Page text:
Abstract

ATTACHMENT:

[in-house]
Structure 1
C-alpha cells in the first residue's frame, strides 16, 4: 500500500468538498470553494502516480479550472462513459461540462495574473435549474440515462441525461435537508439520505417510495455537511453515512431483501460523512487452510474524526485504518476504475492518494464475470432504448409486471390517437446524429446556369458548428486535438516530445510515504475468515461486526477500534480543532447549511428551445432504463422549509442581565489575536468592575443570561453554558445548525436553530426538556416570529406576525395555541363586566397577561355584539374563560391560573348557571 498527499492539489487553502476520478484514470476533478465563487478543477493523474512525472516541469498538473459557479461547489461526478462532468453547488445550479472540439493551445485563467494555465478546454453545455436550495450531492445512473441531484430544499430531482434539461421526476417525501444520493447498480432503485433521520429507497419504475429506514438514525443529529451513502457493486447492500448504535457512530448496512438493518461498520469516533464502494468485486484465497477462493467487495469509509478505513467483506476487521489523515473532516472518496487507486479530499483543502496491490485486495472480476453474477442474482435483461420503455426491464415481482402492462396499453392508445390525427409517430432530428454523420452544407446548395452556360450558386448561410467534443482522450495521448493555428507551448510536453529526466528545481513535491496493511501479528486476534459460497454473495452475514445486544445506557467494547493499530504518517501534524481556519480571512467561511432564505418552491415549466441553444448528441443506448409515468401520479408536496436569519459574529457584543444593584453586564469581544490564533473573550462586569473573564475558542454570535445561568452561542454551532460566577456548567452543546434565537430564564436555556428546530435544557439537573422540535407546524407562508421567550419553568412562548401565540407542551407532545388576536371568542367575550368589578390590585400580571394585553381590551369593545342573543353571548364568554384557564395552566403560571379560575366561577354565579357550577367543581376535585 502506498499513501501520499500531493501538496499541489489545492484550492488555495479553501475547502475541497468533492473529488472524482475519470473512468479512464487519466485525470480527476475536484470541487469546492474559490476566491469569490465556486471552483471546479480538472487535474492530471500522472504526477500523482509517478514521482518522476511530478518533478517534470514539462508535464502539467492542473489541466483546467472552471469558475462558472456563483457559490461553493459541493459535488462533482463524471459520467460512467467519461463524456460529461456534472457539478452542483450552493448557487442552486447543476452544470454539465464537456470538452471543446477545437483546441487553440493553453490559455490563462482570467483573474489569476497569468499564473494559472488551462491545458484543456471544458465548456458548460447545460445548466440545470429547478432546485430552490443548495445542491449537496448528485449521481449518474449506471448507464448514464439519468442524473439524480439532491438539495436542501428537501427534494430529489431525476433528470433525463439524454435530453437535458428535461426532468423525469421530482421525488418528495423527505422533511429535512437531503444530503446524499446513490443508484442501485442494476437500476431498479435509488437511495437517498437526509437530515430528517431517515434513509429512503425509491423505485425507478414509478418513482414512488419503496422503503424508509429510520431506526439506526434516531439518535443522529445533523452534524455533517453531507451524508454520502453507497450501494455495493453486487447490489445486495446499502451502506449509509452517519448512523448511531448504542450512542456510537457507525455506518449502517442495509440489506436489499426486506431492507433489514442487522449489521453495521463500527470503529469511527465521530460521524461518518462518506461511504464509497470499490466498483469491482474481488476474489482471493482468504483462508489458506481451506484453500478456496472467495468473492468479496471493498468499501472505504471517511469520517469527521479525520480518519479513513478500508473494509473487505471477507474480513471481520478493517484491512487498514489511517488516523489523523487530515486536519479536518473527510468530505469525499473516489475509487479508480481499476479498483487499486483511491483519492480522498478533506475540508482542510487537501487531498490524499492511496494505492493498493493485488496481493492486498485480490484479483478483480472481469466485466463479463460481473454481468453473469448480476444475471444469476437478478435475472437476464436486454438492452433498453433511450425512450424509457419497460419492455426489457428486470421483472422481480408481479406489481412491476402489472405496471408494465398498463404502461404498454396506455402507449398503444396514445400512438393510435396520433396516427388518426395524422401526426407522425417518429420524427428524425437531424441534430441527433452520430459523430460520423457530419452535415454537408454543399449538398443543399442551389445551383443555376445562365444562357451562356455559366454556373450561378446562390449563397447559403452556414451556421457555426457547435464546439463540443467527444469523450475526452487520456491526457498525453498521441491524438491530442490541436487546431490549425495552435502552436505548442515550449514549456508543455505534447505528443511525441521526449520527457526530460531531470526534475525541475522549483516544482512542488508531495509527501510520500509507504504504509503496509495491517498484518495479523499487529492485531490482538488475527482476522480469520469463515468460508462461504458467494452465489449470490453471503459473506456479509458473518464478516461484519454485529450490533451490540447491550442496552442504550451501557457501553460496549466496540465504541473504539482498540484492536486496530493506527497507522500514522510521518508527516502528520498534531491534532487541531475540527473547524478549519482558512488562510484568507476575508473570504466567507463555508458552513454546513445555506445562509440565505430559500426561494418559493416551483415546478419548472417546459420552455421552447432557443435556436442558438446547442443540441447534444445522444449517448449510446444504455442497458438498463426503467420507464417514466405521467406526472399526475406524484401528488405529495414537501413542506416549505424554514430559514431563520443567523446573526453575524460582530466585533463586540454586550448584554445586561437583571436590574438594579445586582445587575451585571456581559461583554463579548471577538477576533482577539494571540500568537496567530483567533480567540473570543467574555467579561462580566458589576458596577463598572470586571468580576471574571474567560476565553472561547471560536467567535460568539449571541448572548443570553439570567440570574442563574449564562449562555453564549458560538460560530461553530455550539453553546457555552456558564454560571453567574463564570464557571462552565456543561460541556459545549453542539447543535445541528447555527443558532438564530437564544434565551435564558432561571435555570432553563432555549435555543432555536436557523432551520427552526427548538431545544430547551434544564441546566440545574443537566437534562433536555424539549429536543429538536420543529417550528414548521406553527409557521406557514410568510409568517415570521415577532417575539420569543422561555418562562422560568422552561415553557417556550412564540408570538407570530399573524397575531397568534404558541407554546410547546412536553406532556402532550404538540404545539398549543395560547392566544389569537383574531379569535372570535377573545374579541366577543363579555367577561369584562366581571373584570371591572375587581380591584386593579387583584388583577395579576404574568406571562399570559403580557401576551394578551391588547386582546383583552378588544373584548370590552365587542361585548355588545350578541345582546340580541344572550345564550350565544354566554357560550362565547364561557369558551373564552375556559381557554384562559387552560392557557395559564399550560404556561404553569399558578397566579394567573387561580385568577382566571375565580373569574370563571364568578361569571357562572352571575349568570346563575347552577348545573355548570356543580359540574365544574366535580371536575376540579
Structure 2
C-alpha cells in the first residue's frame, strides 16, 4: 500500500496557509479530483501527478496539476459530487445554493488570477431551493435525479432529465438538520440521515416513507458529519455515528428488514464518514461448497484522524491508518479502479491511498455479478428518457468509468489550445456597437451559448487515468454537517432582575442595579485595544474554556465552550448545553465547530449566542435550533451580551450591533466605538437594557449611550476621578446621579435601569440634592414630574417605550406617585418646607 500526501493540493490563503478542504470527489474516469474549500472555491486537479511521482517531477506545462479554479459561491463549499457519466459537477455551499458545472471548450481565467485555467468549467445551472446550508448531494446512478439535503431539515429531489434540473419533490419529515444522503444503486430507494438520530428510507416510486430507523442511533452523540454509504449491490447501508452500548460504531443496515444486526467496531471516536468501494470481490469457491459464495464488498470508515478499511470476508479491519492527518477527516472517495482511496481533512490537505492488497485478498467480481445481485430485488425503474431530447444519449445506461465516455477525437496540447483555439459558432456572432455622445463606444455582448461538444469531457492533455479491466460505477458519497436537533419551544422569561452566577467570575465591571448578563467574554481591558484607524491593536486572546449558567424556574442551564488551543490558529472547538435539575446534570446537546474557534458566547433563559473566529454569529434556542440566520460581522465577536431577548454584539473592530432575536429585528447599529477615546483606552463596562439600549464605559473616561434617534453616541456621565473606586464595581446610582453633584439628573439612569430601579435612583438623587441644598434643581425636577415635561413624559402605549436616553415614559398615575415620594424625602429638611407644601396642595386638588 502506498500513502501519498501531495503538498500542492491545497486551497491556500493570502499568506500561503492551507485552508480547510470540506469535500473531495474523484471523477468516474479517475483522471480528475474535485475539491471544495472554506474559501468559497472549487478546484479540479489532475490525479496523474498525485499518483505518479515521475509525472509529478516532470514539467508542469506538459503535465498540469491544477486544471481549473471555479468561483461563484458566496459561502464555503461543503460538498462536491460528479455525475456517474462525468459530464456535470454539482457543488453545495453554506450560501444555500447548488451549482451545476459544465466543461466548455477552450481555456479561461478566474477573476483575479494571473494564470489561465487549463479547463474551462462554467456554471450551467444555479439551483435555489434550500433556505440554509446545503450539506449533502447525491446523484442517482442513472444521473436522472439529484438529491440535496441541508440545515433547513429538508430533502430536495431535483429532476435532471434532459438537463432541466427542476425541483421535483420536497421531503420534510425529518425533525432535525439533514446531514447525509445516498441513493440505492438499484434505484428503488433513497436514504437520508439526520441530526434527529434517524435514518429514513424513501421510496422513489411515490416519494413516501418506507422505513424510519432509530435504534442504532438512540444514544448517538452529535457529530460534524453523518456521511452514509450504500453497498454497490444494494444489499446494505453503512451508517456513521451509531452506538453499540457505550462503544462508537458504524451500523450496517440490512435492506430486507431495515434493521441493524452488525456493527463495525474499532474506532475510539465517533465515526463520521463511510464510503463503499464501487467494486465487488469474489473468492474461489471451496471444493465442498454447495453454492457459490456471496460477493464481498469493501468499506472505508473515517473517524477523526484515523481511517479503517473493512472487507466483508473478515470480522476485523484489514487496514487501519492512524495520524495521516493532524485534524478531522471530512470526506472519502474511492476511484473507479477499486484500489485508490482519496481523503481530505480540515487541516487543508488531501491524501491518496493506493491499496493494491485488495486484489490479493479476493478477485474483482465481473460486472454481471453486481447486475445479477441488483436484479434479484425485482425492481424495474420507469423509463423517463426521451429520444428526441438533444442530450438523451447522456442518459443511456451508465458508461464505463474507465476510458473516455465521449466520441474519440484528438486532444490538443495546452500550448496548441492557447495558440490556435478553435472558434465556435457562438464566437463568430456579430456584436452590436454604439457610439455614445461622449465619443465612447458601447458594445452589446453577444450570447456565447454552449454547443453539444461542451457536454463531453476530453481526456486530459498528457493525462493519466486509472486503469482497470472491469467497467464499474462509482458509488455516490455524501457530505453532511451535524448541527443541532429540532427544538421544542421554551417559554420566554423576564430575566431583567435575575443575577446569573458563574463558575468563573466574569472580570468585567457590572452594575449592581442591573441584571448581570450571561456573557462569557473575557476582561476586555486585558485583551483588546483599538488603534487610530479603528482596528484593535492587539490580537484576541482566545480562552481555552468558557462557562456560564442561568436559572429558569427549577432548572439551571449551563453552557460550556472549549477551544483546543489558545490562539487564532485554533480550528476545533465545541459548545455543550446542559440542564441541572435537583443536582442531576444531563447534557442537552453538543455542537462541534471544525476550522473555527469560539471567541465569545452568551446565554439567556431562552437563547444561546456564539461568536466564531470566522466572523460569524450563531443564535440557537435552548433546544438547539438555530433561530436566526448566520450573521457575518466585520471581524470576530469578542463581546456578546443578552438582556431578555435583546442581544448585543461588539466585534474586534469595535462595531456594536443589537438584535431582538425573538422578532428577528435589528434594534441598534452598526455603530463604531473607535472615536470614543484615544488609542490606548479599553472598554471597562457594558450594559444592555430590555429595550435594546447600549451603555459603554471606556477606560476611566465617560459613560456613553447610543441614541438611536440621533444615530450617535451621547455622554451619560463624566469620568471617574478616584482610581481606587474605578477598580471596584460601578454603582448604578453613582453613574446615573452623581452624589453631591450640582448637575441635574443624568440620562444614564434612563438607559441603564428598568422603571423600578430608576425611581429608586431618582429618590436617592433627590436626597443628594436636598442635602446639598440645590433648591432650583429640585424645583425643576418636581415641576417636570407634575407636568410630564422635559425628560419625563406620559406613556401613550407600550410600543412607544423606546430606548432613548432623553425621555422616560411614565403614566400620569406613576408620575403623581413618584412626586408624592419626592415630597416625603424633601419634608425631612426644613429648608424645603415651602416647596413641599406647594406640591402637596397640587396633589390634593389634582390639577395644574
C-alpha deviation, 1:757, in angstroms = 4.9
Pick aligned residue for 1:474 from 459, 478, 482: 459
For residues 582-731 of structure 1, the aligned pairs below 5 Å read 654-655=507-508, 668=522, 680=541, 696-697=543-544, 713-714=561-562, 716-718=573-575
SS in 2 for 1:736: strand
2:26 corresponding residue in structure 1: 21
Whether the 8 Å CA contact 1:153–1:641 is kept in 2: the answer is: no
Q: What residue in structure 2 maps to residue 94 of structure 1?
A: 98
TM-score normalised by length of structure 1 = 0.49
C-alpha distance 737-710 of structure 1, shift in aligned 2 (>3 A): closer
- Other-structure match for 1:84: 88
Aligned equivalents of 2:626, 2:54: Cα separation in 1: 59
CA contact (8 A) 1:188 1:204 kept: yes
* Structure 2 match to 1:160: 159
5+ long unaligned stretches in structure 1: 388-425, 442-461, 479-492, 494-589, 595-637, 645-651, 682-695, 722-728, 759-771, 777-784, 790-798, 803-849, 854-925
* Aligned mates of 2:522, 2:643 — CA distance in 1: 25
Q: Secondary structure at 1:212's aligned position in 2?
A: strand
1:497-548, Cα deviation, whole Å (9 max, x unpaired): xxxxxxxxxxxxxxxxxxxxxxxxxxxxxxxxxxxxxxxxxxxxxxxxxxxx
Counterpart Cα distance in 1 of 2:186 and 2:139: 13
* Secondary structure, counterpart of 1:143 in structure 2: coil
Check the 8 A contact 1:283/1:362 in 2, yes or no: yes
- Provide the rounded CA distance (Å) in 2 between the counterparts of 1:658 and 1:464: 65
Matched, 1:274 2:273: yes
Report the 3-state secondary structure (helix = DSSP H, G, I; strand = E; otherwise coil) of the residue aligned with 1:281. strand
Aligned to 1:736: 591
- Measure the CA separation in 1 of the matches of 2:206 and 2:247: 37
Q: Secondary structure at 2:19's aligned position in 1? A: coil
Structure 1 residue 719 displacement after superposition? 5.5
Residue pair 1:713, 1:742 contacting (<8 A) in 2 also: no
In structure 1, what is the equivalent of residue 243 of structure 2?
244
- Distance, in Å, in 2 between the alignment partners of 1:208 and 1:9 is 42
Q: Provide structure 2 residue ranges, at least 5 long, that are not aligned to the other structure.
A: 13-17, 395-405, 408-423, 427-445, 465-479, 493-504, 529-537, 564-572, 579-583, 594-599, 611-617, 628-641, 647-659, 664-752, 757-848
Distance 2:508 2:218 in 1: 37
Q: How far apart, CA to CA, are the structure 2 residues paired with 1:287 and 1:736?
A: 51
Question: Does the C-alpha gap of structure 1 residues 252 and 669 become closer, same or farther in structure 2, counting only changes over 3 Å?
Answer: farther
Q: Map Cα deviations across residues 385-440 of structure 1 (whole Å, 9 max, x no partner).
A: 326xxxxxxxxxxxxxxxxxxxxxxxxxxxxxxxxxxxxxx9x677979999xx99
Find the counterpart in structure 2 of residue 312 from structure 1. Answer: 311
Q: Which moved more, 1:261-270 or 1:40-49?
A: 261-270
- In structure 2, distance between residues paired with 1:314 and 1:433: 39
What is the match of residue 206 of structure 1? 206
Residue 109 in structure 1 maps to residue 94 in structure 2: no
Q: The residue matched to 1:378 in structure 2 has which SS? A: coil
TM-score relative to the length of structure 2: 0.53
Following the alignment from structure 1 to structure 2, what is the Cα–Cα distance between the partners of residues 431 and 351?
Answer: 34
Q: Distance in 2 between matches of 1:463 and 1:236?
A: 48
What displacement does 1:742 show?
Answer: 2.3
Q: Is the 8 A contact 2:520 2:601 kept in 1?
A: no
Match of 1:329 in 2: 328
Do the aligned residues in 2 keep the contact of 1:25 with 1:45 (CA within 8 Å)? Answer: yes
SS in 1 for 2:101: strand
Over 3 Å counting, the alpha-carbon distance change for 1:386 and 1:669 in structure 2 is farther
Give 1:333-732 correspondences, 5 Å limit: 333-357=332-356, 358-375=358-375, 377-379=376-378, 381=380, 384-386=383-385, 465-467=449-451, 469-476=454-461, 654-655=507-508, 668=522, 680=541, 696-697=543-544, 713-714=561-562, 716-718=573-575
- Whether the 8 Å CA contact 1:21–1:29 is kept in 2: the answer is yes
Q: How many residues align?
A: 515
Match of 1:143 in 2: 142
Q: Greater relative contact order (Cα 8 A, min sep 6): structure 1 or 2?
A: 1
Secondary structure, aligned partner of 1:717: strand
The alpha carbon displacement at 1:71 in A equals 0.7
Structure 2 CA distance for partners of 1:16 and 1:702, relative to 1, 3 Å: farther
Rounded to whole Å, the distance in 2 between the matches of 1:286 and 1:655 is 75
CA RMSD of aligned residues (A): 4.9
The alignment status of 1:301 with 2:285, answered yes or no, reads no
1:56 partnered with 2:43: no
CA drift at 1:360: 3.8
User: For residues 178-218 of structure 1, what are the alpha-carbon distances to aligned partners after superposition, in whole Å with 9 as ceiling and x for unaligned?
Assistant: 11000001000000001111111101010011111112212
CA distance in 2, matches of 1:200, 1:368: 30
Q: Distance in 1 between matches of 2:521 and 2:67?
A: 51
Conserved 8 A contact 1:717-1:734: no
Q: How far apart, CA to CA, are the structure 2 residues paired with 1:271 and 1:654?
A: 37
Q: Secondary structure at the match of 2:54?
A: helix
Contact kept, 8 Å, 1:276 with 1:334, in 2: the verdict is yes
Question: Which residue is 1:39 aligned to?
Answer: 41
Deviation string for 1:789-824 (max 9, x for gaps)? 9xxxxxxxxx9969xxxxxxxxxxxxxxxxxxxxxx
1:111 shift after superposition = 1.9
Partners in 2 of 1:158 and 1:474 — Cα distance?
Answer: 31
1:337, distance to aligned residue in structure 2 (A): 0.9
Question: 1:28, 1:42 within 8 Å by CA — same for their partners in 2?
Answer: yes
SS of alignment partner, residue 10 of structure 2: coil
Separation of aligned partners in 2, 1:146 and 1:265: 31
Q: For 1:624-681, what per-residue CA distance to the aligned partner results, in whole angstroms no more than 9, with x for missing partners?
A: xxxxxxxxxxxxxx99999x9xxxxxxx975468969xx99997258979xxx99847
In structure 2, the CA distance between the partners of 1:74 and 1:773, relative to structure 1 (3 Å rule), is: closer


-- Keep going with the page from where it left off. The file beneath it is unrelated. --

Objective: Appropriate normative data is of critical importance to aide neuropsychologists in arriving at diagnostic conclusions. However, for patients from diverse cultural backgrounds, normative data is often at times hampered by the small samples available in the literature. The current case study highlights the impact that the updated Repeatable Battery for the Assessment of Neuropsychological Status (RBANS) Spanish normative data has on classification in comparison to the previously published Spanish RBANS version. Method: A 45 year old male who presented with a history of severe traumatic brain injury one year prior to the current assessment. The patient was originally from Mexico and had been living in the United States for 13 years. He had some basic understanding of the English language and had completed six years of formal education. Results: Applying more recent normative data for the RBANS Spanish did change the qualitative interpretation of some scales (i.e., RBANS attention index moved from a scaled score of 68 with the previous normative data to 82 with updated norm). The amount of change in normed values varied between domains, but in general the updated normative data brought the normed values closer to similar measures as assessed by the EIWA-III (Esala de Inteligencia para Adultos-III). Conclusion(s): Clinicians working with individuals from non-English speaking backgrounds frequently are challenged with limited availability of appropriate normative data. The current case highlights potential challenges when applying normative data to results of a brief cognitive screener. Basic psychometric principles for addressing and coalescing these discrepancies are reviewed.